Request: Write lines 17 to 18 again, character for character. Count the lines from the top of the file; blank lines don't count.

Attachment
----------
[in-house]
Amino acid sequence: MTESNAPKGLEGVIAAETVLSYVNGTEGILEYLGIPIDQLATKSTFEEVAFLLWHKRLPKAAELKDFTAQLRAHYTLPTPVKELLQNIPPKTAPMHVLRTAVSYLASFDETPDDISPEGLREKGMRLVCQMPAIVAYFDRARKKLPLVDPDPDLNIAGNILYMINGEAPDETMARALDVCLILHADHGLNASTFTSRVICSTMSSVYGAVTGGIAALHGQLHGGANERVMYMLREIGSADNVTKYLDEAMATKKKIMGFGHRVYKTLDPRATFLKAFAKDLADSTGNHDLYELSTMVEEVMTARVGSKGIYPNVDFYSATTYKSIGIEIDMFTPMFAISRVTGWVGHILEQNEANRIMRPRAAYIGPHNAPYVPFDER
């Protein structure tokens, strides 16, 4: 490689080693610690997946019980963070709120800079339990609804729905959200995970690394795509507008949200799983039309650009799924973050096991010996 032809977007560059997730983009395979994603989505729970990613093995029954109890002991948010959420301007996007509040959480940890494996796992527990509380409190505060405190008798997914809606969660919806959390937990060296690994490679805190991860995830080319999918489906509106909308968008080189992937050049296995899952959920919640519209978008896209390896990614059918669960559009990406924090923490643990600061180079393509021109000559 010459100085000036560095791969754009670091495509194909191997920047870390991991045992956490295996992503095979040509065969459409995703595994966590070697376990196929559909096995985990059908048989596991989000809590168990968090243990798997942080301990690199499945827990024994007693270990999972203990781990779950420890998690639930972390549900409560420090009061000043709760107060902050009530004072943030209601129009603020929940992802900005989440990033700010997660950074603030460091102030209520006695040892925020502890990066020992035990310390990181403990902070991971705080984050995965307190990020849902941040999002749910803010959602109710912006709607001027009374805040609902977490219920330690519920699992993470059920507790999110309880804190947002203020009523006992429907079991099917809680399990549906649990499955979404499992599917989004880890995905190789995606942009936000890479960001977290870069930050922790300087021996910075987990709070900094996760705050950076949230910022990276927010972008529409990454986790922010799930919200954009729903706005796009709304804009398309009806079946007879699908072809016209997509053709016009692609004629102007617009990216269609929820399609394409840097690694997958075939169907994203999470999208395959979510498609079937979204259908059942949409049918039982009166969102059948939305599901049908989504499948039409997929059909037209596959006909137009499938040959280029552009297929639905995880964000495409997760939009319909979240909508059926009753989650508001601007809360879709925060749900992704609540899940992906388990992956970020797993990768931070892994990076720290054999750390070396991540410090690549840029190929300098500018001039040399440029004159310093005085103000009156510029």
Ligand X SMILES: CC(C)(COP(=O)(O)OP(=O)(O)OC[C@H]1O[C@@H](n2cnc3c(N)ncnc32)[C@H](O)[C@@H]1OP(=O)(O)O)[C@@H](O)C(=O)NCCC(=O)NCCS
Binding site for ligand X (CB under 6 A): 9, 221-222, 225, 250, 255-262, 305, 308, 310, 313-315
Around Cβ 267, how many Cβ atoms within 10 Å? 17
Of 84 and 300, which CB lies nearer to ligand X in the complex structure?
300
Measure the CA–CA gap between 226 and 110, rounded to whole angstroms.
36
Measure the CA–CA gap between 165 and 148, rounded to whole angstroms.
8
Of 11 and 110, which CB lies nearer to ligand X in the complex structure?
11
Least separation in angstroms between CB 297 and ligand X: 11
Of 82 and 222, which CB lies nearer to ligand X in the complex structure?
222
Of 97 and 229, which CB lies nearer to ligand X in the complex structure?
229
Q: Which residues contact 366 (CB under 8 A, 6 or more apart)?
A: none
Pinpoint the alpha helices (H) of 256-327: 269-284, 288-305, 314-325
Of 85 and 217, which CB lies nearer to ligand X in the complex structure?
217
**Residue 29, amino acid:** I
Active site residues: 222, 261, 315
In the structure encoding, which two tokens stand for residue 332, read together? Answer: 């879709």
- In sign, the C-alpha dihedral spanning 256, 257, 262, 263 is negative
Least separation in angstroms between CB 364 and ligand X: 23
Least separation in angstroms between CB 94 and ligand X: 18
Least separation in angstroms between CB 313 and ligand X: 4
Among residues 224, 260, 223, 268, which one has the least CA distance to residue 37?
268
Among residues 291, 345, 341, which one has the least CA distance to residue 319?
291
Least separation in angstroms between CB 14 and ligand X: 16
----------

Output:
222
Of 97 and 229, which CB lies nearer to ligand X in the complex structure?